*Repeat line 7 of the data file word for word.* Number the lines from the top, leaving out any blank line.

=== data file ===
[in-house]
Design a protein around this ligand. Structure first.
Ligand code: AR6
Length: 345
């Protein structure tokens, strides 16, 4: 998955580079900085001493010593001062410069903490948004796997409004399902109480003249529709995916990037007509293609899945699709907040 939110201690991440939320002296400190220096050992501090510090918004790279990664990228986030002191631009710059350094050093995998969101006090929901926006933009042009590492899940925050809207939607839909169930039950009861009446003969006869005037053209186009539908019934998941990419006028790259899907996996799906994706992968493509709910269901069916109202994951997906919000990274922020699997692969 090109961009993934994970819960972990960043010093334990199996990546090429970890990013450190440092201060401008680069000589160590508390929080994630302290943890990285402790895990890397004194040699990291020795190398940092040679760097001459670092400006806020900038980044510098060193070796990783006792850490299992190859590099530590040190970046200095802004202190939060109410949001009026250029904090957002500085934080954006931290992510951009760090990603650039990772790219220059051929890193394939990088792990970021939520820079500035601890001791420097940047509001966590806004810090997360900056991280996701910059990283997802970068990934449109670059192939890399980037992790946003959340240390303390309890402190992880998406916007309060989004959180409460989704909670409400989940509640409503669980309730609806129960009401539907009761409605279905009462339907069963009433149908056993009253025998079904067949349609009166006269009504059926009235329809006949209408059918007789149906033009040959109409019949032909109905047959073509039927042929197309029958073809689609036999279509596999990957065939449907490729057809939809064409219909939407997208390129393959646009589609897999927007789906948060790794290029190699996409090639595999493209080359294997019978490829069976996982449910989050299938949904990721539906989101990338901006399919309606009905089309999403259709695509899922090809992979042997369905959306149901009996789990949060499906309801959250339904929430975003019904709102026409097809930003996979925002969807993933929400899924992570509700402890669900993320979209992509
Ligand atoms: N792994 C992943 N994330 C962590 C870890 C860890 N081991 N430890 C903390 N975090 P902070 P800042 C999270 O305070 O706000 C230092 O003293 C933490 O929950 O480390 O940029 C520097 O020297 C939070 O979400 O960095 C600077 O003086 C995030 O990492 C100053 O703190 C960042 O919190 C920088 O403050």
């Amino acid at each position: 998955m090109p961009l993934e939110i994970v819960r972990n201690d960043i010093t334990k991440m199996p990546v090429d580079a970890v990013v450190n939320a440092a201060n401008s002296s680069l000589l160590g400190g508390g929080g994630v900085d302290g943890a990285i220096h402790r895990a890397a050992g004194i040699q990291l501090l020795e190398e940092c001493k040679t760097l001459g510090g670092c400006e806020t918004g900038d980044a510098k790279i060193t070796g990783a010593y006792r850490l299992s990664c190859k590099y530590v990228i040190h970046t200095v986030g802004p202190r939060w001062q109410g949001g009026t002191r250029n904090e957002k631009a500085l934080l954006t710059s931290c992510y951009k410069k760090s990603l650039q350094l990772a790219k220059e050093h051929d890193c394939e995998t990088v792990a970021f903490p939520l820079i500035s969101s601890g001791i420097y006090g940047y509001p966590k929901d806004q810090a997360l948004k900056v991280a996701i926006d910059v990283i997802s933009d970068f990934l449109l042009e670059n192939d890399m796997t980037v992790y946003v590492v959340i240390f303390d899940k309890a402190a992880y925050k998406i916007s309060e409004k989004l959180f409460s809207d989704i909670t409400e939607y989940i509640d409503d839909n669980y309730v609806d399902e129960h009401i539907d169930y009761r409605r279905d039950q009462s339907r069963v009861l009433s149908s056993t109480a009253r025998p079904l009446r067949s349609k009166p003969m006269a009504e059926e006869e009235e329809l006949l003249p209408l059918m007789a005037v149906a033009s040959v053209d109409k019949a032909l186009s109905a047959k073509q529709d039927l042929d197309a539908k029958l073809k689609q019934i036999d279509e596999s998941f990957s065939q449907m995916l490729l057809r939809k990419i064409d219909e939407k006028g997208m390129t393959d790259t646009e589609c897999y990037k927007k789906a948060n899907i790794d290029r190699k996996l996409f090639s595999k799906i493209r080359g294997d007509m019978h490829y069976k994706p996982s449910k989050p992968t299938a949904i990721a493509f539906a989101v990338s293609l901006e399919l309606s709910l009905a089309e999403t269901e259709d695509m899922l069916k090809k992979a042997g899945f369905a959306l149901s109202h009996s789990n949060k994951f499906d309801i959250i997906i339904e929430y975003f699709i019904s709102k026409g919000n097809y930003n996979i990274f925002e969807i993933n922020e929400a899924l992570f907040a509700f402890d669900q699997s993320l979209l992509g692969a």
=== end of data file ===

């Amino acid at each position: 998955m090109p961009l993934e939110i994970v819960r972990n201690d960043i010093t334990k991440m199996p990546v090429d580079a970890v990013v450190n939320a440092a201060n401008s002296s680069l000589l160590g400190g508390g929080g994630v900085d302290g943890a990285i220096h402790r895990a890397a050992g004194i040699q990291l501090l020795e190398e940092c001493k040679t760097l001459g510090g670092c400006e806020t918004g900038d980044a510098k790279i060193t070796g990783a010593y006792r850490l299992s990664c190859k590099y530590v990228i040190h970046t200095v986030g802004p202190r939060w001062q109410g949001g009026t002191r250029n904090e957002k631009a500085l934080l954006t710059s931290c992510y951009k410069k760090s990603l650039q350094l990772a790219k220059e050093h051929d890193c394939e995998t990088v792990a970021f903490p939520l820079i500035s969101s601890g001791i420097y006090g940047y509001p966590k929901d806004q810090a997360l948004k900056v991280a996701i926006d910059v990283i997802s933009d970068f990934l449109l042009e670059n192939d890399m796997t980037v992790y946003v590492v959340i240390f303390d899940k309890a402190a992880y925050k998406i916007s309060e409004k989004l959180f409460s809207d989704i909670t409400e939607y989940i509640d409503d839909n669980y309730v609806d399902e129960h009401i539907d169930y009761r409605r279905d039950q009462s339907r069963v009861l009433s149908s056993t109480a009253r025998p079904l009446r067949s349609k009166p003969m006269a009504e059926e006869e009235e329809l006949l003249p209408l059918m007789a005037v149906a033009s040959v053209d109409k019949a032909l186009s109905a047959k073509q529709d039927l042929d197309a539908k029958l073809k689609q019934i036999d279509e596999s998941f990957s065939q449907m995916l490729l057809r939809k990419i064409d219909e939407k006028g997208m390129t393959d790259t646009e589609c897999y990037k927007k789906a948060n899907i790794d290029r190699k996996l996409f090639s595999k799906i493209r080359g294997d007509m019978h490829y069976k994706p996982s449910k989050p992968t299938a949904i990721a493509f539906a989101v990338s293609l901006e399919l309606s709910l009905a089309e999403t269901e259709d695509m899922l069916k090809k992979a042997g899945f369905a959306l149901s109202h009996s789990n949060k994951f499906d309801i959250i997906i339904e929430y975003f699709i019904s709102k026409g919000n097809y930003n996979i990274f925002e969807i993933n922020e929400a899924l992570f907040a509700f402890d669900q699997s993320l979209l992509g692969a």